"This whole cheating thing, it caught us off-guard and that's not acceptable. That's not how we play. The only thing we can do is to be really honest about it. We all watched it this morning and we all agree on that. We've got to come out and be the hard-working team that pays attention to details, which we will tomorrow."

The word "cheating" was used quite a bit between players and Hitchcock following Thursday's loss. Cheating the details of the game, cheating the game itself. The Blues seem to be trying to skim by without what's been their staple: forechecking, puck possession and most importantly, outworking teams.

"We're a checking team," McDonald said. "I think when we're playing well, we're on top of the puck all over the ice. It doesn't matter what line's going over the board. We're in on top of the forecheck, we've got good back pressure on the puck coming back through the neutral zone and defensive zone coverage. We smother teams. We've had games where we've had 40 minutes of that, obviously not 60. And there are games where we really struggle like last night, there was even less of it.

"You go over the video and you identify the areas. Individually, guys need to prepare themselves. Getting back to being a checking team, that's going to create our offense. Everyone says you're a defensive team, but when we check well, we seem to score more goals."

Hitchcock used the extensive video session Friday to get everyone back on the team concept. When the Blues get too individualistic, that's when things go awry.

"What we're trying to do is get our game to have more structure, more patience with it," Hitchcock said. "When you get impatient offensively like we have been, you force it and so you turn all these offensive opportunities with all this work you've done to get the puck back, you turn it into back-check. When you're back-checking all the time, you get frustrated. It's not what the other team's doing to us, it's what we're doing to ourselves. That's what I told the players today.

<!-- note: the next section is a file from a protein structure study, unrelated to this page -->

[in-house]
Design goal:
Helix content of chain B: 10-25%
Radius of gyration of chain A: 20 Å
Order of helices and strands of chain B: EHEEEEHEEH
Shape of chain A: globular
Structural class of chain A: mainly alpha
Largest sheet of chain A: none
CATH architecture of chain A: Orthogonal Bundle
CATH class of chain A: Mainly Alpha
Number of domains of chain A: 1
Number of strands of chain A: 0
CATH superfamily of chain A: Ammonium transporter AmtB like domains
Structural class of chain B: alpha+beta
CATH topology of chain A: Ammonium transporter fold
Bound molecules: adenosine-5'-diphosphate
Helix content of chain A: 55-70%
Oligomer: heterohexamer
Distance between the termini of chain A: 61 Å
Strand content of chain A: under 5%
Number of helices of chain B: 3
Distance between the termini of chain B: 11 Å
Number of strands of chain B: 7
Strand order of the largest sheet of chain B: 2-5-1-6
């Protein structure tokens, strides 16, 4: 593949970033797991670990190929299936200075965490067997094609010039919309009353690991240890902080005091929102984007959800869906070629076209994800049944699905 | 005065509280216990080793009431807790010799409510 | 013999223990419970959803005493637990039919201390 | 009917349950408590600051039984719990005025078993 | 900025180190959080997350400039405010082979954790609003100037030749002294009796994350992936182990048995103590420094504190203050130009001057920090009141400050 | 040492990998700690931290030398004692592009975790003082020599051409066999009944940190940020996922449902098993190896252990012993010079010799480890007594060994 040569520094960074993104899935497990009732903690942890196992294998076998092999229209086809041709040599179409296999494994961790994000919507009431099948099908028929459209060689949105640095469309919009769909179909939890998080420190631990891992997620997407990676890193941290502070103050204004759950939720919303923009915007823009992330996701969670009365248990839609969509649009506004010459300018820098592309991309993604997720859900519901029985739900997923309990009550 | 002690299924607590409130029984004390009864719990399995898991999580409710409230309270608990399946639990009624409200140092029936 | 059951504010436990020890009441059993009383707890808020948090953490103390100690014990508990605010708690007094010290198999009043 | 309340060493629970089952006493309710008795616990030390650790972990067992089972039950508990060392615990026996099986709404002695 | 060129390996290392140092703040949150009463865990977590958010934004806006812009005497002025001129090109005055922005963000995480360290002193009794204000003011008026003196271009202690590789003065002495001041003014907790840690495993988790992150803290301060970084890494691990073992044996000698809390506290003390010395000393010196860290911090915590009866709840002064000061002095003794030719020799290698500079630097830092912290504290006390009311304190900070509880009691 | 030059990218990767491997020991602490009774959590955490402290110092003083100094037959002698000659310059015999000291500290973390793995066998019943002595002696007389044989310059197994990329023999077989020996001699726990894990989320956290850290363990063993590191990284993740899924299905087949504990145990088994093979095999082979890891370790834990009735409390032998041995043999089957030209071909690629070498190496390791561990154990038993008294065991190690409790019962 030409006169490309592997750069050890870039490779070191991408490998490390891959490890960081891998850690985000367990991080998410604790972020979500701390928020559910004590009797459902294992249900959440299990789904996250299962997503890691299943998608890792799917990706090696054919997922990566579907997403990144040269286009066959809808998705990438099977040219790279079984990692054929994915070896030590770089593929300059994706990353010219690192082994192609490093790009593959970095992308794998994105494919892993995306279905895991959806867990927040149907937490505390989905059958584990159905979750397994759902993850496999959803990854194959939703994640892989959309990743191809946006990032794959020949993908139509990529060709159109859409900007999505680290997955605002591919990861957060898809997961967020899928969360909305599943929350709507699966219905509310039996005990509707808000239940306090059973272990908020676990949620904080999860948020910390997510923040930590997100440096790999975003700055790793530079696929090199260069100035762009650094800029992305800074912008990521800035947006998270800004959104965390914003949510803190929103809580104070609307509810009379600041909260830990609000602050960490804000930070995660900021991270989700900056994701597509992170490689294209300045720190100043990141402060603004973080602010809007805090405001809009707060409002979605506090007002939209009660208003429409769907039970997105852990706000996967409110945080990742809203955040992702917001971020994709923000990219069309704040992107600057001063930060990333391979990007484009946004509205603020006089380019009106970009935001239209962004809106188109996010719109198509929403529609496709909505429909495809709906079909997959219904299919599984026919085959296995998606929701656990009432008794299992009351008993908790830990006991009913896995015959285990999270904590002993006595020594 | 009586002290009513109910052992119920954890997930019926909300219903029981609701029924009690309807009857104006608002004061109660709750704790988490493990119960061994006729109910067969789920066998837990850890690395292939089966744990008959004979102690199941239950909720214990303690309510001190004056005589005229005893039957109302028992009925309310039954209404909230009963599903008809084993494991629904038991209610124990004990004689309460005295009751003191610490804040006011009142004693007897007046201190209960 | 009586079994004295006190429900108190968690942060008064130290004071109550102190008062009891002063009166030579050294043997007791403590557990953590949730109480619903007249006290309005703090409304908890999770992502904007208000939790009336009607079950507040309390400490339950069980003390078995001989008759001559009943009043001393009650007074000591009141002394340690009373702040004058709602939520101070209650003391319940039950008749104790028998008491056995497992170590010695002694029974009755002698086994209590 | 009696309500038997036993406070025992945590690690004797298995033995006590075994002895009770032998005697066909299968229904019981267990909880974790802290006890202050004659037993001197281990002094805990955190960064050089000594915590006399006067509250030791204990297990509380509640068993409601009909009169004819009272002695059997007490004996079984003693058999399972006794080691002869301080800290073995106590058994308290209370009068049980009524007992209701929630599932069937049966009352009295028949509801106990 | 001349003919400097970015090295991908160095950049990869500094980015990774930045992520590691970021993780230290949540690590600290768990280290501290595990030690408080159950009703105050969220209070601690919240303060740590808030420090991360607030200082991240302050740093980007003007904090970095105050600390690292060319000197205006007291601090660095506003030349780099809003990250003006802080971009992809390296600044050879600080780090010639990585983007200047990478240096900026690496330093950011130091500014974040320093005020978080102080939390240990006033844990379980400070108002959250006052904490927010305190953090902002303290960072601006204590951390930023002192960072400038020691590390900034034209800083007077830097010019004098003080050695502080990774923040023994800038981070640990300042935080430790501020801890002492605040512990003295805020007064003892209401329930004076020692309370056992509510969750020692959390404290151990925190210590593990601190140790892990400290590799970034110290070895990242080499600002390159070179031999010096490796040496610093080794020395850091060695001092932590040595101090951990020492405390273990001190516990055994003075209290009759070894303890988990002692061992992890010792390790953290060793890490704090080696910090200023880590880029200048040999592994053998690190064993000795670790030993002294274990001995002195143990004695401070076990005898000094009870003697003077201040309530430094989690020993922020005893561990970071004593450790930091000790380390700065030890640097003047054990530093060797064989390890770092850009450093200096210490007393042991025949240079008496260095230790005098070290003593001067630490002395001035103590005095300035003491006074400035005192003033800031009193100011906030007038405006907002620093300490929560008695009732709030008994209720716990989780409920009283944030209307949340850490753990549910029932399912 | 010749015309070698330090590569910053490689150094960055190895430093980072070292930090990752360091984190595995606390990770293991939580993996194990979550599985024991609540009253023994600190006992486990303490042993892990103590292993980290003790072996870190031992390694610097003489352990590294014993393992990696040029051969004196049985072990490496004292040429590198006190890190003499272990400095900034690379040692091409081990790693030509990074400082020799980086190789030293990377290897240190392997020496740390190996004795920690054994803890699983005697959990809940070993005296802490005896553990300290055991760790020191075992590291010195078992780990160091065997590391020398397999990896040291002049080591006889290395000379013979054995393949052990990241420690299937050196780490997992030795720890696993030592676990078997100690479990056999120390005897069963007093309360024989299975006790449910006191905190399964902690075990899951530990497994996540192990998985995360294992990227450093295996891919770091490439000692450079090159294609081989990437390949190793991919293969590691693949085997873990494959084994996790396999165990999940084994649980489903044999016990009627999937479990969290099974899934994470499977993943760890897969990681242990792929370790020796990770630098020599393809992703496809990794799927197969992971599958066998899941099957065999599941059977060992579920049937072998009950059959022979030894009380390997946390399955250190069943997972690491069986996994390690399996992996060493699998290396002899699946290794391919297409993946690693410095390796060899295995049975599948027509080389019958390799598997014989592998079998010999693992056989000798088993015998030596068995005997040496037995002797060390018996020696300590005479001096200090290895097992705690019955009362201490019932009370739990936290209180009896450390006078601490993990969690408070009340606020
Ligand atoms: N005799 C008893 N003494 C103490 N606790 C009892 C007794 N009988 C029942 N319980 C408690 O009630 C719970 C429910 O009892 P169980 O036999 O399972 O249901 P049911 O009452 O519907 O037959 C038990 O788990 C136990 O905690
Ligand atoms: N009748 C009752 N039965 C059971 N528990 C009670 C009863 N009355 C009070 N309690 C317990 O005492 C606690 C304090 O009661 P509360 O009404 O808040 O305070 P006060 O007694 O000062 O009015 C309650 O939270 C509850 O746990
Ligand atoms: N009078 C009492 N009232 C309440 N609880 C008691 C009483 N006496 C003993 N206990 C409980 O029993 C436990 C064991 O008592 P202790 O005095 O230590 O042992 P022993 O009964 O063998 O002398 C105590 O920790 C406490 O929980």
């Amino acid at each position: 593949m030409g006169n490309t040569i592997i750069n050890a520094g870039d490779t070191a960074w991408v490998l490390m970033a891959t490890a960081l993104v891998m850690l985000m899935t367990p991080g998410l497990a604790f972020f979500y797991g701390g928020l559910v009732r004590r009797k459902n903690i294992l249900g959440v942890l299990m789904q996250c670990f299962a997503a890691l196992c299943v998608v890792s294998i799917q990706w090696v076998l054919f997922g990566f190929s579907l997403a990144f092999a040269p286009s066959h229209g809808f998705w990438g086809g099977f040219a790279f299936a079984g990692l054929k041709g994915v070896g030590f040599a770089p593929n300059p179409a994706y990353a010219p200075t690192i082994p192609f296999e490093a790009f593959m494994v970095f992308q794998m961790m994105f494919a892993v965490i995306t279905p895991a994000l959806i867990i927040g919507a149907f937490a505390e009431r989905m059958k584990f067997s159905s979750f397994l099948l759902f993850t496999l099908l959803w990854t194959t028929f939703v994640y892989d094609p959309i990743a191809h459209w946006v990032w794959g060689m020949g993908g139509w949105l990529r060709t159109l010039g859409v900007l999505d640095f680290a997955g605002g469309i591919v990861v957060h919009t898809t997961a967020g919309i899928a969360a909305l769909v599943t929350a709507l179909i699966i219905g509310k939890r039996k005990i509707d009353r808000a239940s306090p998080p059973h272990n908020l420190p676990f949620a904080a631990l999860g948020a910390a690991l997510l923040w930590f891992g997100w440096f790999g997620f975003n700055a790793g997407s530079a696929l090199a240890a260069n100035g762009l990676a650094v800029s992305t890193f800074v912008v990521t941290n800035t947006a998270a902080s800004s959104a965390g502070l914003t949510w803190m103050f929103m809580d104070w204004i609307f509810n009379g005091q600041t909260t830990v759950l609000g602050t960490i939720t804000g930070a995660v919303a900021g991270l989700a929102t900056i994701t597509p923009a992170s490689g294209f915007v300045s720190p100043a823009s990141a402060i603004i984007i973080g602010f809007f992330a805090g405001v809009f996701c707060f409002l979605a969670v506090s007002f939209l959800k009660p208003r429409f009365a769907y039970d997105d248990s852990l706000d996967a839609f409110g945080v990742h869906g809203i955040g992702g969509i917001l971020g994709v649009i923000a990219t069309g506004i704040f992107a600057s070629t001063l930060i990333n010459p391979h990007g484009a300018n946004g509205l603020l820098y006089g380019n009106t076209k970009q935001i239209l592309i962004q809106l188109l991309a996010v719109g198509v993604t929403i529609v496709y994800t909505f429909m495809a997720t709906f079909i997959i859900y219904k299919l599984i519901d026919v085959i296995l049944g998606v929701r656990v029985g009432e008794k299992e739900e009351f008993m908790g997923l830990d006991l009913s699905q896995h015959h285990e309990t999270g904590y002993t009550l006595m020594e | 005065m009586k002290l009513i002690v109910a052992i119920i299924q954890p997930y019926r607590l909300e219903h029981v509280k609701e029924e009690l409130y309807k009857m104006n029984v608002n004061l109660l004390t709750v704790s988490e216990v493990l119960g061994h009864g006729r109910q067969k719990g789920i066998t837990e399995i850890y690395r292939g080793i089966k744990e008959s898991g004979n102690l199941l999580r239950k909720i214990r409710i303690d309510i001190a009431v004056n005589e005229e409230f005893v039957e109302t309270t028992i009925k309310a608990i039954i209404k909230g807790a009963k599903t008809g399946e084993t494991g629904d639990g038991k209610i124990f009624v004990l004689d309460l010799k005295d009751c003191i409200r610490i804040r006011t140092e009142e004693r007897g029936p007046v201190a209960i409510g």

(Getty Images)
Andy McDonald (10) said the Blues need to "nip it in the bud," referring
to a season-long three-game losing streak.

"We need to take control of the situation to understand that it's not near as bad as you think it is, forget about the score. There's lots of good stuff in the game, but we built this team in finishing the task and wearing people out. We're making it easy on teams by force-feeding offensive opportunities that end up being what I call hope-for plays. We're trying to get the players to visually see it, feel it and get back to what we do best."

And instead of harping on the negatives, re-inforce the positives as well.

"As much as you want to see them learn from their mistakes, they've got to see the good stuff, too," Hitchcock said. "It wasn't like a bunch of ... 60 minutes of bad stuff. The mistakes we make are similar to the mistakes we made in the last game. We've got to correct those. And then the good stuff has to be extended."

Which the players fully understand.

"The biggest thing for us is to nip it in the bud," McDonald said. "We can't have this happen again. ... We're aware of what's going on. There's too much fight in this room. We want to be a successful team. We want to be playing for the Stanley Cup and realize that this has to change right away."

* NOTES -- Hitchcock said Brian Elliott, whose goals-against average has ballooned up to 3.30 and his save percentage dropped to .864, will get the nodwhile Jaroslav Halak (groin strain) works his way back to health.

Halak skated again Friday for the third straight day and will practice while taking shots for the first time at the morning skate Saturday. The earliest he would be available is Monday night against Los Angeles.